Jamaican-born American Airlines pilot, Captain Diego McKnight had only recently qualified to fly in the airline’s international department when he was assigned his first flight from Miami, United States to Kingston, Jamaica.
“My trip was taking me from Miami where I grew up to Kingston where I am from, and back to Miami en route to Dallas/Forth Worth, Texas. It was a long-cherished dream, a huge deal for me,” said McKnight after completing his virgin flight on one of the world’s biggest commercial airlines.
As if being at the controls of flight AA1866 — barely more than a year after joining American — was not momentous enough, McKnight’s dad, the well known chartered accountant and philanthropist, Leighton McKnight, decided to surprise him by booking himself on the flight from Miami to Kingston.
“It was difficult to describe the emotion when I saw my dad in Miami getting ready to board the flight. I had told him I would be flying the plane but he did not give me even a hint of what he was planning,” the young pilot, now tearing up, told the Jamaica Observer.
The elder McKnight is the former territory leader at PwC Jamaica and currently executive-in-residence at the Mona School of Business and Management (MSBM), The University of the West Indies, Mona.
“I can’t find the words to tell you how moved I was, the pride I felt as his dad, that Diego was getting his first AA flight to Jamaica and that I was able to be on that flight,” the overjoyed father explained to the newspaper. “Mi head swell!”
The icing on the cake was when his son came on the intercom to make a passenger announcement and used the opportunity to inform the flight that his dad was on board. The entire plane broke out in his applause and the elder McKnight was invited to tour the cockpit.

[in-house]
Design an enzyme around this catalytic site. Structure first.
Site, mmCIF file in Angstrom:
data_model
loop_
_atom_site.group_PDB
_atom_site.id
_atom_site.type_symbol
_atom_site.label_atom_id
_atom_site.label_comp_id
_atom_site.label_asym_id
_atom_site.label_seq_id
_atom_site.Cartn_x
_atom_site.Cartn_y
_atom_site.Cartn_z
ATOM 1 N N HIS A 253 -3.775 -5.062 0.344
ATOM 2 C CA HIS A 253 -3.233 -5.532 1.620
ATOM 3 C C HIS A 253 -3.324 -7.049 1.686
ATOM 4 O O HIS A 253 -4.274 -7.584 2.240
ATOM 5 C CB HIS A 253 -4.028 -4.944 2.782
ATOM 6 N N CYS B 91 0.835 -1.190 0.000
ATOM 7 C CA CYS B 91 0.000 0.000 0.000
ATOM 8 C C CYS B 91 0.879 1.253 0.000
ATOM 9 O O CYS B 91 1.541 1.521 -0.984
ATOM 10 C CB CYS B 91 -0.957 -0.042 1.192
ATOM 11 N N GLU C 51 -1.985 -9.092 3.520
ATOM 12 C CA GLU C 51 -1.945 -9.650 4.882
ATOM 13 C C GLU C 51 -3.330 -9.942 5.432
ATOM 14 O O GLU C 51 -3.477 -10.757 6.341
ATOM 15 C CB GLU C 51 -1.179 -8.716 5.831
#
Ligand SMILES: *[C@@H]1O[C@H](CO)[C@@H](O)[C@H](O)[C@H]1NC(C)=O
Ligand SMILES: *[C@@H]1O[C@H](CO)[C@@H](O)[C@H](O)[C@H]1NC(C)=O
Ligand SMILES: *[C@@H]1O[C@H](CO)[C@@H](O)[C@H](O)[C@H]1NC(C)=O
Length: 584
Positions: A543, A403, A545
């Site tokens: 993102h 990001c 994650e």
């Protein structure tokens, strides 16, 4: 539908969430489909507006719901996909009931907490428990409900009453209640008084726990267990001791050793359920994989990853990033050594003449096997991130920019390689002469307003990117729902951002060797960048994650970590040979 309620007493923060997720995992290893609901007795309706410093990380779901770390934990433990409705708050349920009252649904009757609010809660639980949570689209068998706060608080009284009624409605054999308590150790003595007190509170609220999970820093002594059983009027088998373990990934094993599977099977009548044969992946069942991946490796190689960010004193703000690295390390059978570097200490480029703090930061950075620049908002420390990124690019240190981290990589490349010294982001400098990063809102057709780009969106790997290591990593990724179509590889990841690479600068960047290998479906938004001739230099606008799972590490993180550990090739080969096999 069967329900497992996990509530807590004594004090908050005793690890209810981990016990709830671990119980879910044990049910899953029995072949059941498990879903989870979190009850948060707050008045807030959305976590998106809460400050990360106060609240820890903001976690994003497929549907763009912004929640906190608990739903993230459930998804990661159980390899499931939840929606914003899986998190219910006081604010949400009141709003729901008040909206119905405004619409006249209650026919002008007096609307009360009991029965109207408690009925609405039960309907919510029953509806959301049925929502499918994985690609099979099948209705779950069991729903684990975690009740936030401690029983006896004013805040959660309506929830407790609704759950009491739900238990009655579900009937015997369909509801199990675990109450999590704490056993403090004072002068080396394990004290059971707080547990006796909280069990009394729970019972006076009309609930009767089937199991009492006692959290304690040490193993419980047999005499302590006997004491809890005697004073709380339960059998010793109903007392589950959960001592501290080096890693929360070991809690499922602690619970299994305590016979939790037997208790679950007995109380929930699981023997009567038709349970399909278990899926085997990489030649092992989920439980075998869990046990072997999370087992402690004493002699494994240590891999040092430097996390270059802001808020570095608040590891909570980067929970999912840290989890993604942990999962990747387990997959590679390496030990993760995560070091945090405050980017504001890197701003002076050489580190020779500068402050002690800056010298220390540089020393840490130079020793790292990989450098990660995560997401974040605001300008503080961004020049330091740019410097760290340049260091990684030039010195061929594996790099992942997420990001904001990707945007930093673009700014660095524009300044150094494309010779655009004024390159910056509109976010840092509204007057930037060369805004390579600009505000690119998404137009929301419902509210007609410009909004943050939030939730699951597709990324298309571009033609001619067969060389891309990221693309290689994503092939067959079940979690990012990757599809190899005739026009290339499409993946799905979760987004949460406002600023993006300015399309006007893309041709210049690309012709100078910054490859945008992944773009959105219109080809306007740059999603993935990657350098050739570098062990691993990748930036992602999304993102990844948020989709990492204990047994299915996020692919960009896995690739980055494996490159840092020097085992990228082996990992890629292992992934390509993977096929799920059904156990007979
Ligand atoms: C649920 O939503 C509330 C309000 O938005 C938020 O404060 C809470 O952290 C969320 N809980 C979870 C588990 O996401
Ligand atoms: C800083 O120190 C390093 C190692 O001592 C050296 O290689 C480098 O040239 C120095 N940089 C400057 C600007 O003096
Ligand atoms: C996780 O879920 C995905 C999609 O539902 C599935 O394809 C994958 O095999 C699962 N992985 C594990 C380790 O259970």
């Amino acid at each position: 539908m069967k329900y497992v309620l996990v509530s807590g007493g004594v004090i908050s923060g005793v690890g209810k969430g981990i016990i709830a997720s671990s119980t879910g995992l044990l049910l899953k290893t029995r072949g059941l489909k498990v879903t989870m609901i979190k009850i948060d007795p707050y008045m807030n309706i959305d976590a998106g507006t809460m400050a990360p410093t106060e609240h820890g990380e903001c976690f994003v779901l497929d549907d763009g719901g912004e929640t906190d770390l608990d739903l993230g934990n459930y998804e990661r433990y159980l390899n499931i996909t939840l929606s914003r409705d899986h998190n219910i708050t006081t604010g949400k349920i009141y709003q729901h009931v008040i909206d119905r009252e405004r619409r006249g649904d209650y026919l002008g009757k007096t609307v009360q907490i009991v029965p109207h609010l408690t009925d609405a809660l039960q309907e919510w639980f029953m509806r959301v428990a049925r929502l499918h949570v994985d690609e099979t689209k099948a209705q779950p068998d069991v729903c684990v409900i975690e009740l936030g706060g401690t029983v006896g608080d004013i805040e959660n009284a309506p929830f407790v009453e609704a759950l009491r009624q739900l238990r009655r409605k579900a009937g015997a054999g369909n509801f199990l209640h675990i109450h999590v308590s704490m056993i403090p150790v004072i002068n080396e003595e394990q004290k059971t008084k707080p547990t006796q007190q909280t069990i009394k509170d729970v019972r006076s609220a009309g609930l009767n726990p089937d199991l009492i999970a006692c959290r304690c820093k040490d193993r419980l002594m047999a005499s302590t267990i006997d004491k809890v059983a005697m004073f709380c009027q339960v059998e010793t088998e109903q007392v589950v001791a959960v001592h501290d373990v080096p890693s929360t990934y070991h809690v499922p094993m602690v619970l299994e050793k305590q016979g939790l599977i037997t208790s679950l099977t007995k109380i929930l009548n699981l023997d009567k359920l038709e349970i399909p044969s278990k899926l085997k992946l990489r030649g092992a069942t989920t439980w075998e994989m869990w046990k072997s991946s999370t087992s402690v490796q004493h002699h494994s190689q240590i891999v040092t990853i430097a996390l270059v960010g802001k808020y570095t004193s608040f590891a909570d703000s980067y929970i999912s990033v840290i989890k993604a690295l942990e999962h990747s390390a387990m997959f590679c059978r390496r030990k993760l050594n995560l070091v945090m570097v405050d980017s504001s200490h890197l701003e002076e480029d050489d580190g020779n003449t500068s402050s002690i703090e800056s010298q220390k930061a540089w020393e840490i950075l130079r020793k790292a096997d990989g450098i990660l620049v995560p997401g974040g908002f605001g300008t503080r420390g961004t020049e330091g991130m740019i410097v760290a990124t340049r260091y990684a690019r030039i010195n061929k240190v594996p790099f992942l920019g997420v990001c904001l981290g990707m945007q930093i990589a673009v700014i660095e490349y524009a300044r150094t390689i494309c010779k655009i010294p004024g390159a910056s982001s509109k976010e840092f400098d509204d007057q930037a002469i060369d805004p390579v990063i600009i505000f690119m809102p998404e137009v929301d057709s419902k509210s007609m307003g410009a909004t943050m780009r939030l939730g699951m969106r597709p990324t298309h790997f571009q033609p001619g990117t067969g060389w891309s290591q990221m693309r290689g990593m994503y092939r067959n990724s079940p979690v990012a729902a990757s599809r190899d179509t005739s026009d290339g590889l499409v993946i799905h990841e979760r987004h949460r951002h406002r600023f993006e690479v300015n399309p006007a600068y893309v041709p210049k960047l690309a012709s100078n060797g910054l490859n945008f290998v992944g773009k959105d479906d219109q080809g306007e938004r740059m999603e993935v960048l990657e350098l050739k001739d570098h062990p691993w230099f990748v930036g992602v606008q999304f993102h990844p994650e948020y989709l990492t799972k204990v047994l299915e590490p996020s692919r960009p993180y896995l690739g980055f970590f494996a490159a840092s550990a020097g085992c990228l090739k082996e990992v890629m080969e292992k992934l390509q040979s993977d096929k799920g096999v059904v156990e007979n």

Captain McKnight recalled his boyhood days at his grandmother’s house, which is in the approach path of aircraft landing in Kingston, watching the planes arriving and taking off and dreaming of one day being a pilot himself.
“This is where at about 8 years old I decided that I wanted to be a pilot and that desire stayed with me even when I moved to the US. Given that a lot of my family, including my dad, lived in Jamaica, I flew back and forth between Miami/Fort Lauderdale and Kingston, mostly on American Airlines and Air Jamaica when it was in existence,” said McKnight.
He said his emotions really overflowed when, upon arrival at Norman Manley International Airport in Kingston, he found family members waiting to greet him, singling out cousin Tamu Briscoe Allen who still resides in the area where his late grandparents lived and who videotaped his flight over the house from which they watched airplanes as boys.
“I am so grateful that God granted me the opportunities and placed people in my life to get me to this point, and when I landed in Kingston for the first time I felt like everything had come full circle and I could proudly say ‘Mama we made it’.
“For those who [are] still working towards your dreams: Keep going, keep working at it. Our dreams do not always come true at the time that you want them to, but that does not mean they will not come true,'” McKnight advised young people.